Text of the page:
The Tax Break-Down: Municipal Bonds

Sep 10, 2013 | Taxes

This is the sixth post in a new CRFB blog series, The Tax Break-Down, which will analyze and review tax breaks under discussion as part of tax reform. Last week, we profiled the Section 199 manufacturing incentive, one of the largest corporate tax breaks.

Interest earned from state and local government bonds has been tax-free since the income tax started in 1913. The interest that people earn from holding these bonds, unlike other interest, does not count as income. In this case, the federal government forgoes income tax revenue to indirectly subsidize the cost of borrowing for local governments.

Because these municipal bonds offer tax-free return, investors are willing to accept a lower level of interest, depending on their individual tax rates. For instance, an investor in the 25 percent tax bracket who earns 6 percent interest on a taxable bond will pay a quarter of that interest in taxes (1.5 percentage points). The investor would receive the same after-tax return from a municipal bond providing 4.5 percent in tax-free interest. An investor in a higher tax bracket would see a larger benefit and so would prefer a 4.5 percent municipal bond to a 6 percent taxable bond. Investors in lower tax brackets would prefer the taxable bond.

Source: Congressional Budget Office

Since investors accept a lower rate of return than would otherwise be the case, the tax exemption lowers the cost of borrowing for state and local governments, who issue bonds to support transportation, education, health, utilities, and many other capital projects. This category of tax-exempt bonds comprises a substantial municipal bond market, with over $3.7 trillion in outstanding bonds and $11.3 billion traded daily in 2012. 

Prior to 1960, state and local governments could essentially engage in unlimited tax-preference borrowing on behalf of themselves or private businesses. Restrictions enacted over the last 30 years have restricted but not eliminated the issuance of tax-exempt "private activity bonds." For taxpayers paying the Alternative Minimum Tax (AMT), no private activity bond interest is exempt from taxes.

How Much Does It Cost?

The exclusion of interest income on municipal and private activity bonds will cost the federal government $58 billion in 2013 and approximately $540 billion over the next ten years, according to the Joint Committee on Taxation (JCT). Of that total, traditional governmental bonds cost $420 billion and private activity bonds cost another $120 billion. Approximately $130 billion goes to corporate bondholders, and the other $410 billion goes to taxpayers paying the individual income tax.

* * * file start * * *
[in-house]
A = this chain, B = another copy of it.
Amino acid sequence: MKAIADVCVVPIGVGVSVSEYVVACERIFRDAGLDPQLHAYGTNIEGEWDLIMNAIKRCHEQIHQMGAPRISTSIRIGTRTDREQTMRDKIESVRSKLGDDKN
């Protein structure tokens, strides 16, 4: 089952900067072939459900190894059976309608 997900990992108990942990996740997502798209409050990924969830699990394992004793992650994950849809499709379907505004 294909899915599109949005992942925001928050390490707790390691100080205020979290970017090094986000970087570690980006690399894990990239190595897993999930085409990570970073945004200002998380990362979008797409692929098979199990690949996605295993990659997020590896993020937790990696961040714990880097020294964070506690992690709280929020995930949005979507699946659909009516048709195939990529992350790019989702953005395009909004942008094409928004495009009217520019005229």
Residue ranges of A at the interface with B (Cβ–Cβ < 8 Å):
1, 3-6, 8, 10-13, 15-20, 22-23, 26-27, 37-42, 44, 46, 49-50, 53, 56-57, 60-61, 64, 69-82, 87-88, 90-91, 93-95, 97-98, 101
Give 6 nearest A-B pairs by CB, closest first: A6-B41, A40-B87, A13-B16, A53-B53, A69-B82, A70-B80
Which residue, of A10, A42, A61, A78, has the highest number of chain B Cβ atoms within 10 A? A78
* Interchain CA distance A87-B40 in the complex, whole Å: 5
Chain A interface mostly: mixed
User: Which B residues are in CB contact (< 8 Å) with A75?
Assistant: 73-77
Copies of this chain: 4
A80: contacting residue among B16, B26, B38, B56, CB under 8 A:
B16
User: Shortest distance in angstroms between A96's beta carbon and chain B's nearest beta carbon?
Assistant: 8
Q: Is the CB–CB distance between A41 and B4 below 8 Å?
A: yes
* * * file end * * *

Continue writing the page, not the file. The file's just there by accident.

The tax treatment of municipal bonds is a small but significant portion of federal aid to states. The largest segment of federal aid is grants given directly to the states, which totaled $560 billion in FY 2013. Next is the state and local tax deduction, costing $77 billion. Third is the tax break for municipal bonds, costing $34 billion this year.

Assuming full repeal of the tax exemption would raise approximately $500 billion over ten years, doing so would finance a 4.5 percent across-the-board cut in tax rates (the 39.6 percent rate would drop to 37.8 percent, for example), based on Tax Foundation estimates from repealing other provisions with similar costs.

Who Does It Affect?

Tax-free income on municipal bonds has both direct and indirect beneficiaries. The direct beneficiaries are the investors – bond holders who receive tax-free interest. Three-quarters of municipal bonds are held by individuals, either directly or indirectly through mutual funds. Measured by the direct effects, the benefits are skewed to those at the top of the income spectrum.  One analysis from the Tax Policy Center found that, under a hypothetical tax plan with a top marginal rate of 28 percent, 85 percent of the benefit of this provision would go to taxpayers making over $200,000. Current law has a top tax rate more than 10 points higher, so taxpayers at the top likely benefit even more.

Importantly, though, looking only at the direct benefit of the preference misses a key benefit of the tax break – to provide the states and localities with cheaper borrowing costs.

The largest share of municipal bonds goes to fund public and nonprofit education projects, which totaled almost $700 billion from 1997 to 2007. Transportation projects are the next largest segment, making up one-fifth of the total. Health care bonds make up 15 percent, mostly in the form of private activity bonds.

Source: Congressional Budget Office

Those states and localities that rely more heavily on bond financing receive more of the benefit. Heavily-populated states like California, Texas, New York, and Florida disproportionately benefit. 

Source: National Association of Counties

What are the Arguments For and Against Excluding the Interest on Municipal Bonds?

Proponents of the municipal bond tax exemption argue that the exclusion provides important support for state and local governments to invest in infrastructure, education, health care, and other productive public investments. They also point out that infrastructure investment in the United States is centered around the tax-exemption, with a $3.7 trillion bond market. Changes to the exclusion – especially for existing bonds – could cause severe disruptions in this large market and thus the broader economy. Reduction could also hurt the ability of state and local government to borrow, as evidenced by S&P’s warning that reducing the tax benefits around municipal bond interest would have "negative credit implications for state and local governments and other tax-exempt issuers."